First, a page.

Spring is the perfect season to think about new practices and habits that help build happiness and positivity. In our day to day lives, it is sometimes easy to focus on the things that make us anxious. Using gratitude techniques can help build resiliency in the face of stress and anxiety (Young & Hutchison, 2012). According to Greenberg (2015), “Feeling and expressing gratitude turns our mental focus to the positive, which compensates for our brains’ natural tendency to focus on threats, worries, and negative aspects of life.” Greenberg goes on to say, “Fostering gratitude can also broaden your thinking, and create positive cycles of thinking and behaving in healthy, positive ways” (2015). Like any other skill, gratitude can be cultivated through simple daily practice. Here are 3 creative ways that you can practice gratitude every day:
- Keep a gratitude journal.
When I’m feeling particularly stressed or overwhelmed, it helps me to take five minutes and write a quick list of the things I’m grateful for. Studies have shown that daily writing in a gratitude diary over just two or three weeks can “improve mood, optimistic outlook, and life satisfaction,” as well as make you more likely to help others (Greenberg, 2015). This practice can be done in just five to ten minutes a day, and can have other health benefits as well, such as reducing stress and improving sleep (Greenberg, 2015).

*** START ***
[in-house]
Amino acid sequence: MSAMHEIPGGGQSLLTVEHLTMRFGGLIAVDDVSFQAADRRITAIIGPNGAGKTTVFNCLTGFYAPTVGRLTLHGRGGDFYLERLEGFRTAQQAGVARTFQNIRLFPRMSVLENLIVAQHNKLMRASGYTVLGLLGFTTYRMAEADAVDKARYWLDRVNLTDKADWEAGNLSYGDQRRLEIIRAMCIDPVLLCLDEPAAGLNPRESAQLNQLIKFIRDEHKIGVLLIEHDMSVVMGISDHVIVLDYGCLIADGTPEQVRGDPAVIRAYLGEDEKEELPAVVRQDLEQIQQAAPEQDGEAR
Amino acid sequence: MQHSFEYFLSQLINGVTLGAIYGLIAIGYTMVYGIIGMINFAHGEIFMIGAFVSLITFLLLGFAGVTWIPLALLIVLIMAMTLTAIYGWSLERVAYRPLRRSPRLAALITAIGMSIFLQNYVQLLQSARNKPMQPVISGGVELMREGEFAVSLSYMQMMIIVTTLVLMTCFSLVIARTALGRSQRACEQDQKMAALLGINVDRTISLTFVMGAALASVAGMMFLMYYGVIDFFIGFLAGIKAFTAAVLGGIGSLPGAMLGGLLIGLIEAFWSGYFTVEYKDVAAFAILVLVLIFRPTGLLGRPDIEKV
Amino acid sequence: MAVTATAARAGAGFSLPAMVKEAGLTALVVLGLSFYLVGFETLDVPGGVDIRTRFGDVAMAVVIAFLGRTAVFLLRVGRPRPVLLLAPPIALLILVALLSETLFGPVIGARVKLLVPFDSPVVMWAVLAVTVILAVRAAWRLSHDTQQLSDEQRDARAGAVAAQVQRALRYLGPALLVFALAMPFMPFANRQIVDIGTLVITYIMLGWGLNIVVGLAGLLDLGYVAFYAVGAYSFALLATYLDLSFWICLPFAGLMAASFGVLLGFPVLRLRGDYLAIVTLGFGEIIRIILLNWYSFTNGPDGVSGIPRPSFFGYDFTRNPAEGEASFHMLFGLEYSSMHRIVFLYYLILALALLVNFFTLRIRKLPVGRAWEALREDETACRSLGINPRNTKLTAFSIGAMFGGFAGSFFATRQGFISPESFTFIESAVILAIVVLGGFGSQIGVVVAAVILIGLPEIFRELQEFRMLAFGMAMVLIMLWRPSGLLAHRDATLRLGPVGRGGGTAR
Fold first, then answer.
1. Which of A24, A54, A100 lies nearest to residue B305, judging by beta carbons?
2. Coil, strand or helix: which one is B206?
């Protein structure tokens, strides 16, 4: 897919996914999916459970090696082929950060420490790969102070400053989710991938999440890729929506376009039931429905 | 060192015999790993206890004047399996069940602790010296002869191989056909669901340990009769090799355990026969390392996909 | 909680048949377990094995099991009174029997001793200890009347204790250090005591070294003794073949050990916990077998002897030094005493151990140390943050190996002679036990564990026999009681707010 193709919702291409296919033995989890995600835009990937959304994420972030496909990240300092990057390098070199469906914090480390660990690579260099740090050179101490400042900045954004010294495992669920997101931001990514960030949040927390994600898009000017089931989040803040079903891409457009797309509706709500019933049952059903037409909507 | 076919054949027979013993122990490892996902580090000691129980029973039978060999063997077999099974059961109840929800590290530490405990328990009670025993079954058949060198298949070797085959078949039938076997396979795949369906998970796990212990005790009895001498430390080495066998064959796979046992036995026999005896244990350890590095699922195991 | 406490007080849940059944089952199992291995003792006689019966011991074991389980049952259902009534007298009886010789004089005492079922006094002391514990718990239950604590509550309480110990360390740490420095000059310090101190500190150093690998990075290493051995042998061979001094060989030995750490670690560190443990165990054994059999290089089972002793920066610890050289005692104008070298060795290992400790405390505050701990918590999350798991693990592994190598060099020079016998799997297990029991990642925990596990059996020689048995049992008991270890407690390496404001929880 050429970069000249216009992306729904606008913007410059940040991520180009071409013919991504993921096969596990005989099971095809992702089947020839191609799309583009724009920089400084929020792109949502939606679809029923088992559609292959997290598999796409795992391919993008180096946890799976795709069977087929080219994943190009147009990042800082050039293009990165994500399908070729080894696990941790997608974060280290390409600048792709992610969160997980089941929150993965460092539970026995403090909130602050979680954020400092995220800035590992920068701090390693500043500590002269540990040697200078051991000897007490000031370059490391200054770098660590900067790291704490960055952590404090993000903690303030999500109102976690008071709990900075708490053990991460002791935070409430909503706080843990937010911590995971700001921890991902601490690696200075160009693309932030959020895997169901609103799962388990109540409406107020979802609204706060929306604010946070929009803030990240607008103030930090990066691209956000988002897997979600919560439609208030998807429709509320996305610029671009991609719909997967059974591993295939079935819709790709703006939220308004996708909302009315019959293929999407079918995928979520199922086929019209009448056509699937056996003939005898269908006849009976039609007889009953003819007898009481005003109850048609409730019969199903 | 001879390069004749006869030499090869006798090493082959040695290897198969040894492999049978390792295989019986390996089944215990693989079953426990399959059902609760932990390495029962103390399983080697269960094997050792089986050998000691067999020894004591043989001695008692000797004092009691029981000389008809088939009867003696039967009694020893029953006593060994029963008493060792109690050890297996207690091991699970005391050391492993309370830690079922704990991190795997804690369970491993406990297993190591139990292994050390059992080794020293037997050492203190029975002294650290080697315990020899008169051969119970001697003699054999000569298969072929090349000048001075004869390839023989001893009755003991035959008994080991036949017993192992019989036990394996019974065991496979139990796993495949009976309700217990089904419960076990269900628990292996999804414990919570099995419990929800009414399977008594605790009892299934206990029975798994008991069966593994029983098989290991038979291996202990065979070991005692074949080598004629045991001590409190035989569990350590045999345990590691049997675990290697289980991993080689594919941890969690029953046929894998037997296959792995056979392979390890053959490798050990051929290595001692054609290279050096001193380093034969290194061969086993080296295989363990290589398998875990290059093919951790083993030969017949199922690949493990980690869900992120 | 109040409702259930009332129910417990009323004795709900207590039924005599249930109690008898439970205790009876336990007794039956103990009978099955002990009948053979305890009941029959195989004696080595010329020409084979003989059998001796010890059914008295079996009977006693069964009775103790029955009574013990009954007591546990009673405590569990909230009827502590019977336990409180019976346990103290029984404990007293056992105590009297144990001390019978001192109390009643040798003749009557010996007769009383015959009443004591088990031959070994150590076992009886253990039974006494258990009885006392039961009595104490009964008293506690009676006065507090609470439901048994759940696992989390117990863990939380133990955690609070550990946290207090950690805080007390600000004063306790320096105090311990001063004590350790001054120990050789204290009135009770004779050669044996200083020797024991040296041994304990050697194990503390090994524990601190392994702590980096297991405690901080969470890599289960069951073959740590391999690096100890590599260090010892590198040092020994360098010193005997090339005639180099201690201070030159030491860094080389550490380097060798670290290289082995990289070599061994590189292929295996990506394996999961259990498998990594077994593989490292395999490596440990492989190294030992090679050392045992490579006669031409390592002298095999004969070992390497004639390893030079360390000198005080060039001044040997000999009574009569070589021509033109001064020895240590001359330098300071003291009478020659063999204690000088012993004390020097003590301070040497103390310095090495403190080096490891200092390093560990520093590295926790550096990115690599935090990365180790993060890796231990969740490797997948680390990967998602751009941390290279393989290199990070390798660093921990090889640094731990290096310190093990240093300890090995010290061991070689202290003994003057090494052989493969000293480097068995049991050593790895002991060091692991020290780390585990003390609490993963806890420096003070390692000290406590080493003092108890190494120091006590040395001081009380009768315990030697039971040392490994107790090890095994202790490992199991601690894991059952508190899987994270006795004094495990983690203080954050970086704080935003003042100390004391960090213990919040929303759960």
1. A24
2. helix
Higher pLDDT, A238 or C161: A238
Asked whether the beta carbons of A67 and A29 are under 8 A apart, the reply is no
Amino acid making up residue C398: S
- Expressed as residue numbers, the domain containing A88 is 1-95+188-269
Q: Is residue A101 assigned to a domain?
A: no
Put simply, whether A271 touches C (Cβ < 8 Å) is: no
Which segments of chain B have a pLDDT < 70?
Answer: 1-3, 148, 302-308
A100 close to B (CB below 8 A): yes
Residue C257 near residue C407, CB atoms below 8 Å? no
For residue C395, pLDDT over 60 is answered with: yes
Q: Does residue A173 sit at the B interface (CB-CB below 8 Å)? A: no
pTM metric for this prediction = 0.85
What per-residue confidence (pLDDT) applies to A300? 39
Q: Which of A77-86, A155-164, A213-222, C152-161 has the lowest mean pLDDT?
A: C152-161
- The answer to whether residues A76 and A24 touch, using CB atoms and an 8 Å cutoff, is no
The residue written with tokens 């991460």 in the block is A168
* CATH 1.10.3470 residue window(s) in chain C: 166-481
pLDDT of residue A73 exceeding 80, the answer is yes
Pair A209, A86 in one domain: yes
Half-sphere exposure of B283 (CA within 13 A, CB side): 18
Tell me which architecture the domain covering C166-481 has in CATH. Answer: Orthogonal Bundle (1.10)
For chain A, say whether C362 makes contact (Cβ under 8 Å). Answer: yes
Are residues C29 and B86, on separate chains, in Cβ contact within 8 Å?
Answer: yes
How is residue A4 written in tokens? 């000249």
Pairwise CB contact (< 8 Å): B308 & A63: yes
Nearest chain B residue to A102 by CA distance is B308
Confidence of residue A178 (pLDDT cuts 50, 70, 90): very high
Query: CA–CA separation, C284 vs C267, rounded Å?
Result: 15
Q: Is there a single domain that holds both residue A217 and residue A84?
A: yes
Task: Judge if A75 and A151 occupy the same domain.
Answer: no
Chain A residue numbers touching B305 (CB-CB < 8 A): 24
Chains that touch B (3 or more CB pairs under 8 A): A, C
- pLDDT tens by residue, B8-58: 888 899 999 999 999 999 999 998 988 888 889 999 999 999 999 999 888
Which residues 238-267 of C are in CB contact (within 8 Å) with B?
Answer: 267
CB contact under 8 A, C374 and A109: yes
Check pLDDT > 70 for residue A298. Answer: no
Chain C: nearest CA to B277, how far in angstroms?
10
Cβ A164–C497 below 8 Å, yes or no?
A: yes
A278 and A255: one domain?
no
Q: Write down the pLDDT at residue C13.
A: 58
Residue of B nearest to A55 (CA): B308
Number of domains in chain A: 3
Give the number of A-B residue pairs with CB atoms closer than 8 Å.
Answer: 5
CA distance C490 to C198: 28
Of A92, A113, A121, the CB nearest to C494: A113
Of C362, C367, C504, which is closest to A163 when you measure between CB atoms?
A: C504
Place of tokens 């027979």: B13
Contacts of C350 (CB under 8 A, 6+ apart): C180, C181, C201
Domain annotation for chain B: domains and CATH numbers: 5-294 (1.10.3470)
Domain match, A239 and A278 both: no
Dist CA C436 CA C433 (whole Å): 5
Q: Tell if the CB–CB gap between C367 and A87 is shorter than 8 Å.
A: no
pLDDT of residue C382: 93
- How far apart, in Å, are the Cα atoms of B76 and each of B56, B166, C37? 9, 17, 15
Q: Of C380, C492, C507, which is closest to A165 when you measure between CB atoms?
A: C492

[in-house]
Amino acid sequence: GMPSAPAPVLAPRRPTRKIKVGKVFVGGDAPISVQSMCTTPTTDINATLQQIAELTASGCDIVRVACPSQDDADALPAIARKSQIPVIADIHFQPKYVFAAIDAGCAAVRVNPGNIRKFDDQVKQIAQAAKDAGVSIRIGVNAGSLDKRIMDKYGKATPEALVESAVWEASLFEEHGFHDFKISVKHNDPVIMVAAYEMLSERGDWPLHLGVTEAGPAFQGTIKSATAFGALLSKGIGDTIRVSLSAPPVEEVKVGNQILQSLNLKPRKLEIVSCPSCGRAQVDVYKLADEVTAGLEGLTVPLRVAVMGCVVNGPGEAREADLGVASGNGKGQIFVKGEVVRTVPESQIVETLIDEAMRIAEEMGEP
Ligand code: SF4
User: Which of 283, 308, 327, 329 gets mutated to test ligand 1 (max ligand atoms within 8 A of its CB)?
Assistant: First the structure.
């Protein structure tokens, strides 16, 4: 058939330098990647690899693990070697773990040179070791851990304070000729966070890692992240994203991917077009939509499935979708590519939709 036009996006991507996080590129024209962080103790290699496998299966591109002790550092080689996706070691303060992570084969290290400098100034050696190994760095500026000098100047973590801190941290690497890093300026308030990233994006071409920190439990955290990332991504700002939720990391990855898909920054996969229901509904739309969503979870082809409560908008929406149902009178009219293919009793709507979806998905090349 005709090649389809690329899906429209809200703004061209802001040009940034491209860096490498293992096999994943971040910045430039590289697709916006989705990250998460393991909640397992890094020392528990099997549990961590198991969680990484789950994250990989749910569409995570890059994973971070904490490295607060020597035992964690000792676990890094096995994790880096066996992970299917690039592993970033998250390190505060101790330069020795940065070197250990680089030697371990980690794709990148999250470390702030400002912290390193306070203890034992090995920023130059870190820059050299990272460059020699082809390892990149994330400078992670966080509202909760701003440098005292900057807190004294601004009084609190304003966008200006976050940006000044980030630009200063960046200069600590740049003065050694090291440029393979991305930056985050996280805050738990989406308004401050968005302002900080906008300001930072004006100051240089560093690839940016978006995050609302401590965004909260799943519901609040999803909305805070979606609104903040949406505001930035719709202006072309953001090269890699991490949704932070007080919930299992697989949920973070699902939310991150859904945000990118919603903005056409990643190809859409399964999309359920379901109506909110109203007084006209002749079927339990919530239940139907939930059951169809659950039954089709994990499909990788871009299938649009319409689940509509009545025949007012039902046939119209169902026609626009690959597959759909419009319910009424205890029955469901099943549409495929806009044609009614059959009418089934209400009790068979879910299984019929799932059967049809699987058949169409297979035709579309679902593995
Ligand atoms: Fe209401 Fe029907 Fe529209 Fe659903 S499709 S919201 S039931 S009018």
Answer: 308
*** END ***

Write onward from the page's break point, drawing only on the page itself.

- Share your highlights.
Researchers have concluded that gratitude not only supports well-being, but is also a predictor of some important social variables, including relationship satisfaction and prosocial behavior (contributing to the good of others) (Young & Hutchison, 2012). Gratitude has also been shown to enhance feelings of connectedness to others (Young & Hutchison, 2012). Something my partner and I do every night before we go to sleep is talk about the highlight of our day. I’ve found that this is a great way to reflect on the day and see what good moments stood out – even if it was a crummy day overall, I’m challenged to find the positive moments. If you want to take this idea a step further, record these highlights on scraps of paper and save them in a recycled mason jar. You and your partner/children/family can all contribute to the jar, and you can set a time to go through and read them.
- Try a gratitude challenge.
If you prefer visual journaling to writing, try taking a photo or choosing a collage image that represents something you’re grateful for. If you want to challenge yourself, try doing this every day for a month! There are tons of 30-day challenges available online that provide prompts to get you started (I really like this 30-day photo challenge: http://www.positivelypresent.com/2012/11/30day-gratitude-photo.html).
Sources for this post:
Young, M.E., & Hutchison, T.S. (2012). The rediscovery of gratitude: Implications for counseling practice. Journal of Humanistic Counseling, 51(1), 99-113.